We fished further down looking for trout holding in deeper cut banks or by spring seeps. We saw no sign of life aside from two anglers coming upstream who spoke of wrestling a large brown and a rainbow to the net. It's certainly possible on this river and they had just come up from one of the places where those fish would be this time of year.

Jonny and I made a pass at a log jam near a bend and though it looked fishy as hell nothing came up to see our offering. The snow hadn't let up and we were both soggy and cold and decided that a bit of a walk would warm us up. We had passed by a deep hole on the way in. It's sure winter holding water but the barometer and thermometer seemed to be subduing the mojo. Worth a shot, regardless.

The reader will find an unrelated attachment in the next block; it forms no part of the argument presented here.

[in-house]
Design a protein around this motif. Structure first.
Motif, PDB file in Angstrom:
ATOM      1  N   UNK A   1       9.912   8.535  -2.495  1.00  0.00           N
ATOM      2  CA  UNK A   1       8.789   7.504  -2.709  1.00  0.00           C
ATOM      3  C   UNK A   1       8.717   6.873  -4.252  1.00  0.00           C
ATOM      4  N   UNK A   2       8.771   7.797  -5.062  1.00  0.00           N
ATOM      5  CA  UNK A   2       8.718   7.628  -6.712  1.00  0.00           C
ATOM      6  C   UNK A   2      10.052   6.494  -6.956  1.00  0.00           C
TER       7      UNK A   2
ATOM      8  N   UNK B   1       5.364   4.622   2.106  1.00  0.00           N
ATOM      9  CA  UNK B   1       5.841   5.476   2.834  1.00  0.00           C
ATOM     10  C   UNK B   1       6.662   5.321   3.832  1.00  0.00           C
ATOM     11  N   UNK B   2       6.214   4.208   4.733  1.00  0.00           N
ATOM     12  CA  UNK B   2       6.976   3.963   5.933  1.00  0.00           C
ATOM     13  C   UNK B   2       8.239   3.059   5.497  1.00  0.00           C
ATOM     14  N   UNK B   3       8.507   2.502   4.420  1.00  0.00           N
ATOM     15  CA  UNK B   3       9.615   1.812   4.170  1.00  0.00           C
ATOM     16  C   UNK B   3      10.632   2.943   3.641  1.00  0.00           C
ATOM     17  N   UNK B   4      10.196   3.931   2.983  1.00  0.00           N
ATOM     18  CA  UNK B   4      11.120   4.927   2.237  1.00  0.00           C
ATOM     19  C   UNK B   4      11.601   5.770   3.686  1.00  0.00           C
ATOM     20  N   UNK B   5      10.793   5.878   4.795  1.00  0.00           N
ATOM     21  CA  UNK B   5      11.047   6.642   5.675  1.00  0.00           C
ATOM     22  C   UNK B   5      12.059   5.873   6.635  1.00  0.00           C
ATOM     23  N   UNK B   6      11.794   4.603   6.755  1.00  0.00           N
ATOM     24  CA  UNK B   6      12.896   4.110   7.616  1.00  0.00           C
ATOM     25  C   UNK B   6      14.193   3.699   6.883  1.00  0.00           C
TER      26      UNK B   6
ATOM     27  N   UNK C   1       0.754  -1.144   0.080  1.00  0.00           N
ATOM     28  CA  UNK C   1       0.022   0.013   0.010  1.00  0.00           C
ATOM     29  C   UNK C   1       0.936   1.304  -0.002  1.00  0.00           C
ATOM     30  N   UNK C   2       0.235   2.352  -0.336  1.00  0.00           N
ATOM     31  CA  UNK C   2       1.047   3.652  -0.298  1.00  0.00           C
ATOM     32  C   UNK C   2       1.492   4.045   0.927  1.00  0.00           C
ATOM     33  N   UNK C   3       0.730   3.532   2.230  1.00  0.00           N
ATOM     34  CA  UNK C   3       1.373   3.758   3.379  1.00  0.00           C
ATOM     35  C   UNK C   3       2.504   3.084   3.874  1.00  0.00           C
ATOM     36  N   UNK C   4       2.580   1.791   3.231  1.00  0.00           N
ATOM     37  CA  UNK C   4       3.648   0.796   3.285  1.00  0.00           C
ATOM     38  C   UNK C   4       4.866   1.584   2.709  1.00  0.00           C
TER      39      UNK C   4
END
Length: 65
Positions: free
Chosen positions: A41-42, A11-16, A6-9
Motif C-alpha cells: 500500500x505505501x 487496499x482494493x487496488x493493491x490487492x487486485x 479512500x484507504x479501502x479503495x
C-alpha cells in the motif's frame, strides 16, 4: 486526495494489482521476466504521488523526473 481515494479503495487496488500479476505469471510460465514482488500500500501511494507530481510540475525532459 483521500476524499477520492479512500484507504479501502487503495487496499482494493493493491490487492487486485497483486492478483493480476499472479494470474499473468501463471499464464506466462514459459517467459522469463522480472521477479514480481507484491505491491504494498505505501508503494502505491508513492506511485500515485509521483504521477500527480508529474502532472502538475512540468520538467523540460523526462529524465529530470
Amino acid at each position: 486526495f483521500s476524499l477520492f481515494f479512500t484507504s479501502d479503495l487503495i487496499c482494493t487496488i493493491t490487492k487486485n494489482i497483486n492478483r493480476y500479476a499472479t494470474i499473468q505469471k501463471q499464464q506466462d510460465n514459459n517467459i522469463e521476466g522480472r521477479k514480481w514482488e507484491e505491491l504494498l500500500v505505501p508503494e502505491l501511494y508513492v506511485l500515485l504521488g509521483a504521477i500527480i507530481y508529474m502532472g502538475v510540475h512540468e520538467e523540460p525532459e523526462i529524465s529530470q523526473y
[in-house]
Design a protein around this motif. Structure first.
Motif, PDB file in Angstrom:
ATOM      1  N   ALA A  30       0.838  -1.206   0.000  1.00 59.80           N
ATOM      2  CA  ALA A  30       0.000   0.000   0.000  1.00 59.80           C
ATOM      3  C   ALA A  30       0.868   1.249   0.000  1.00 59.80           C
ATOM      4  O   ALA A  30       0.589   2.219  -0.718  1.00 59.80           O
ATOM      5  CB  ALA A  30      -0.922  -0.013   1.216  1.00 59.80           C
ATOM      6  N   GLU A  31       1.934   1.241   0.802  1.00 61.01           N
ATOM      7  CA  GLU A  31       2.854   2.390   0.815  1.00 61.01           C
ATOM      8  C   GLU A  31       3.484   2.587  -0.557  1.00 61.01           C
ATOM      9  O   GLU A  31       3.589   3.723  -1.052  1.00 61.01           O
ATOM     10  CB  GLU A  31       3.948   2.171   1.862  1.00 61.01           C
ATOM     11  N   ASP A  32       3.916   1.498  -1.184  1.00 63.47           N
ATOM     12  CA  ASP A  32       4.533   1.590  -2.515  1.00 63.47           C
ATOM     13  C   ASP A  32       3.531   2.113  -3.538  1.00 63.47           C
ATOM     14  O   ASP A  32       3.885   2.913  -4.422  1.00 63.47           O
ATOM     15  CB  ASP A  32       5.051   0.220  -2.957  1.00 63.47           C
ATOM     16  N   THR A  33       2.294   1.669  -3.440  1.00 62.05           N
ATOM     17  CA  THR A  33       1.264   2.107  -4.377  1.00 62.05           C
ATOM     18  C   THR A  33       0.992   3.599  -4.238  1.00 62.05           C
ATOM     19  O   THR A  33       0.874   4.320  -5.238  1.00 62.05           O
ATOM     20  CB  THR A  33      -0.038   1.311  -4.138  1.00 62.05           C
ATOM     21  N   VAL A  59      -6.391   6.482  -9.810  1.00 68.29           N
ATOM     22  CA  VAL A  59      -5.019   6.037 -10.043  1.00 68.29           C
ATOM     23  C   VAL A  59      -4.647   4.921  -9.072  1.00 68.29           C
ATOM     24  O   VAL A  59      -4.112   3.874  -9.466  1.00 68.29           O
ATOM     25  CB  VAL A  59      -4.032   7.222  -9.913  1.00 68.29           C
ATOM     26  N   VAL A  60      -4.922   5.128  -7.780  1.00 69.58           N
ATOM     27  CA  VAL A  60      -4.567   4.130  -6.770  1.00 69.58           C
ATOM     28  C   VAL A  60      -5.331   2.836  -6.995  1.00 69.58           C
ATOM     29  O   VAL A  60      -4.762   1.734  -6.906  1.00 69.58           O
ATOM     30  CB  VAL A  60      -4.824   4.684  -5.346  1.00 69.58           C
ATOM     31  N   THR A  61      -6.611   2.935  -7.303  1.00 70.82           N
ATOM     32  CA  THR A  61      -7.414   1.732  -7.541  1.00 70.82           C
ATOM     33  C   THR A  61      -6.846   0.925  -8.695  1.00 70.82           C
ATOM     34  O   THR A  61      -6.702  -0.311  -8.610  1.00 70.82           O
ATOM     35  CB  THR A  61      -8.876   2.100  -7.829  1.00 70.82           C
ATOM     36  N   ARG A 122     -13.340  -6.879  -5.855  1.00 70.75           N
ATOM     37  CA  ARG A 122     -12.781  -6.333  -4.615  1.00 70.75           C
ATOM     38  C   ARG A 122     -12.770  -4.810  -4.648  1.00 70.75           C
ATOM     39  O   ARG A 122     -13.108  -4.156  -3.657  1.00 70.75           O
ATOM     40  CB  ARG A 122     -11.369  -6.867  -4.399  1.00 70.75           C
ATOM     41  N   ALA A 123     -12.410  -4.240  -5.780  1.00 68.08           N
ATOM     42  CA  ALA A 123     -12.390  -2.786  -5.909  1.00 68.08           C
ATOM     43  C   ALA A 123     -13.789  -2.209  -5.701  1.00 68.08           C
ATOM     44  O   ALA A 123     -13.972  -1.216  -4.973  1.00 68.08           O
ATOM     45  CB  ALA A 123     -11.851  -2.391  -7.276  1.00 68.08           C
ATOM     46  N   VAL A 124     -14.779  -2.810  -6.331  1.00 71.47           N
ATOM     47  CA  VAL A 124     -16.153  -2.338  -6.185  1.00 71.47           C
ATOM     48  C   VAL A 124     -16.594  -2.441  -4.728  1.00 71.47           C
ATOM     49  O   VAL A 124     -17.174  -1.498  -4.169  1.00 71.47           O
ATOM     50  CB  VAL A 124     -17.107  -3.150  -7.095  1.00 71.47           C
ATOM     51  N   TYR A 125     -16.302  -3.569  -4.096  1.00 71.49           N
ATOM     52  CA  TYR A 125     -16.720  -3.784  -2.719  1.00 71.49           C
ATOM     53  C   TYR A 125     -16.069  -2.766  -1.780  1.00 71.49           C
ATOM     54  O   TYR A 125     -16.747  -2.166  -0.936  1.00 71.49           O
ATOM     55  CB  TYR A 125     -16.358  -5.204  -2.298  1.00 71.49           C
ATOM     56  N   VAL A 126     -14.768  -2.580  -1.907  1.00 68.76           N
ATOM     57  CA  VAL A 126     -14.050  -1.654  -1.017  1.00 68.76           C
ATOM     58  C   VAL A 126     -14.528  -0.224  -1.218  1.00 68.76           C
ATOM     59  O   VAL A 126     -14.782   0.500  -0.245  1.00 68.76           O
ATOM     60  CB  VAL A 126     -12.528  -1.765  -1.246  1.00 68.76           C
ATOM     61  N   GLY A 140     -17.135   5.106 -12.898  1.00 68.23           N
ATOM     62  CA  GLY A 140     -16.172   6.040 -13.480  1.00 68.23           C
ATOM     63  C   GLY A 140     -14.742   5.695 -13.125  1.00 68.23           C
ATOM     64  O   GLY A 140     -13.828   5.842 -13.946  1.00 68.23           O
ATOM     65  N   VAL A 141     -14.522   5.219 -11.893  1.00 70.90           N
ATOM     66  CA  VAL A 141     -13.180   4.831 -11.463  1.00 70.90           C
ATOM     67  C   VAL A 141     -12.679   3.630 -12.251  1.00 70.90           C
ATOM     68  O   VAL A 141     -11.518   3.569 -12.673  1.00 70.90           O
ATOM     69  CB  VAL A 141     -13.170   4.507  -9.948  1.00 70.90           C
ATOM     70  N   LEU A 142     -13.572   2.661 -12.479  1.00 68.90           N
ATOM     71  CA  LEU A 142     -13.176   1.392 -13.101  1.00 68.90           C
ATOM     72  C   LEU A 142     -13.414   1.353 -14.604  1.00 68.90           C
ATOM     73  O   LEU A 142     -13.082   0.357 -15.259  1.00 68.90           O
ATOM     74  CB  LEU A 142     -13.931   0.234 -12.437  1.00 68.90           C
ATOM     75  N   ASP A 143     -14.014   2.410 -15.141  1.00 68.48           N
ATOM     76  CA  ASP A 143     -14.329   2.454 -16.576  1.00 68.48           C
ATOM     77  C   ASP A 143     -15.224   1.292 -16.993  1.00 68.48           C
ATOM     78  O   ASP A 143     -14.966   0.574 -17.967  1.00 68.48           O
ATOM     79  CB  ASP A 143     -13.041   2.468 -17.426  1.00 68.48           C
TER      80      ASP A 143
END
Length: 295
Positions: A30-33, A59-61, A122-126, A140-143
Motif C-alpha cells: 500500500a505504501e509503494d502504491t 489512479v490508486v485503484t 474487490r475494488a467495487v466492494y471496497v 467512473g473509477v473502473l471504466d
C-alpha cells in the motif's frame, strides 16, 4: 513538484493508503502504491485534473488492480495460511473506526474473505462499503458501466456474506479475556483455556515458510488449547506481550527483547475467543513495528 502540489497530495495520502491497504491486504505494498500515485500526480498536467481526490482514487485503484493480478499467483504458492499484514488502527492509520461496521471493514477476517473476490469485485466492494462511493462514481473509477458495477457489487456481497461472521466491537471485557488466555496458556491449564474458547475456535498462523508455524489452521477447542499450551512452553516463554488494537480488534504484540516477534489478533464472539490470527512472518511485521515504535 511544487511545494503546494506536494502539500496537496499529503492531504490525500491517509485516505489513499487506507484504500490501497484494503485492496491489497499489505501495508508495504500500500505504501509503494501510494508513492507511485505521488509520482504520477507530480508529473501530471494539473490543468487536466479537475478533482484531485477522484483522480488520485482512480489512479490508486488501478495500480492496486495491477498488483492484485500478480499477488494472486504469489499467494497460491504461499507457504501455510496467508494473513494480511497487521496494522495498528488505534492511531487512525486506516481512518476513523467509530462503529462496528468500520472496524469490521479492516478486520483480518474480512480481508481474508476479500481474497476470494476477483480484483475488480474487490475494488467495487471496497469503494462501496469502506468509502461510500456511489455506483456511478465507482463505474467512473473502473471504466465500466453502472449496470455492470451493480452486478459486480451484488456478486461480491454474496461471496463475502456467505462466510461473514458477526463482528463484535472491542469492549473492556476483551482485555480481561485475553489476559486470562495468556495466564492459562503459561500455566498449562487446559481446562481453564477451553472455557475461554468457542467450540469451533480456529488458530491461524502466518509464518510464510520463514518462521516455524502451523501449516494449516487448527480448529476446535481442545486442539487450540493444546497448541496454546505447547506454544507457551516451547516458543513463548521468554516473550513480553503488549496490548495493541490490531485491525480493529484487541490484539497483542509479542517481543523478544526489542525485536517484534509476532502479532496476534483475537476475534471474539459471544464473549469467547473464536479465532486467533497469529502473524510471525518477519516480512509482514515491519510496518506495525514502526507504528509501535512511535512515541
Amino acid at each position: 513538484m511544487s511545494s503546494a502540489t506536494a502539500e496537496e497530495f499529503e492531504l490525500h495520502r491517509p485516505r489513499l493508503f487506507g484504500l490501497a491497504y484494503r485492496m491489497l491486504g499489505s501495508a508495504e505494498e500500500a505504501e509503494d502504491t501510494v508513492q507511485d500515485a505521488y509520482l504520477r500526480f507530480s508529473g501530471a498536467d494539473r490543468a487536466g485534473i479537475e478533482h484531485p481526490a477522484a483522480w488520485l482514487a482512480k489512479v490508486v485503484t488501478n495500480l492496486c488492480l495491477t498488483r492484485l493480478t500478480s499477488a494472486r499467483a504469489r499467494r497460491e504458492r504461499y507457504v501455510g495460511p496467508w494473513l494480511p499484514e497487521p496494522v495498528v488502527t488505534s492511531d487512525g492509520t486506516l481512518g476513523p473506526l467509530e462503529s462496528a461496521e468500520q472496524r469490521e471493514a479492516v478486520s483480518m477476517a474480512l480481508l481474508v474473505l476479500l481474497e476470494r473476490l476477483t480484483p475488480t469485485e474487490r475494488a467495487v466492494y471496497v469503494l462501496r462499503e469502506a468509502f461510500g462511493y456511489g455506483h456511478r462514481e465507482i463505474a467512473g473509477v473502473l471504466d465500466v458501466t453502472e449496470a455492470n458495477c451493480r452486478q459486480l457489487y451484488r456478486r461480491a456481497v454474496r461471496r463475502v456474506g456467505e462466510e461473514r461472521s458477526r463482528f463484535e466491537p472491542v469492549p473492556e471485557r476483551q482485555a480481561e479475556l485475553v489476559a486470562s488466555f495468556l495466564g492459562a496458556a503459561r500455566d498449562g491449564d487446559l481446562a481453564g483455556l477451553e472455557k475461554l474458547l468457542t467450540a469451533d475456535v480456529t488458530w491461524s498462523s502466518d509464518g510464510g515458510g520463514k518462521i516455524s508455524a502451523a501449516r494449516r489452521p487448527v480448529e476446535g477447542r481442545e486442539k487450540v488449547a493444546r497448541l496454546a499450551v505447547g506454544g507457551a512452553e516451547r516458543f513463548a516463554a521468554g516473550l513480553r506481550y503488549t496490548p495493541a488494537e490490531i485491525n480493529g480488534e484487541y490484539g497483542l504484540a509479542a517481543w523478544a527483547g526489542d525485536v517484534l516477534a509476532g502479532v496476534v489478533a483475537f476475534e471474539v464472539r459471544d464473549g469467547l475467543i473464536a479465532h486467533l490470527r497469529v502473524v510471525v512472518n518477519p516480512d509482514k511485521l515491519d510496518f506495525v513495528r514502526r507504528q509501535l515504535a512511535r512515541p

I took the tail with a deep slot under some brush and Jonny took the head with an eddy on both sides. The near eddy was deepest and it only took a few slow swings of a Wooley Bugger to get some interest. First a rainbow made a swirl. Then a brown. And then a fish on and off in an instant. And then Jonny lost his fly, leader and a couple of feet of fly line to a snag. Clearly a set-back, maybe even a sign. By the time we got back to the car the snow was waning and before waders were shed the sun was peeking from behind scudding gray clouds.

All in
When you haven't landed a fish in some time you are haunted by even the possibility of fish. Especially if you've seen them and been jilted. On Sunday I returned to that water with the intent of fishing the log jam and the eddy pool. I figured going big was best so Wooley Buggers and large Stones got a turn on the leader.

I worked the log jam from up on the riffle making hazardous casts into woody debris. Rachel Finn, an Adirondack fishing guide, once had me making casts into tricky spots by casting my fly against the feature and letting it slide down into the water. It was a technique that worked well, but without Rachel's drill sergeant urgency I don't seem to be able to make casts into piles of fly snatching branches. Sunday was no exception.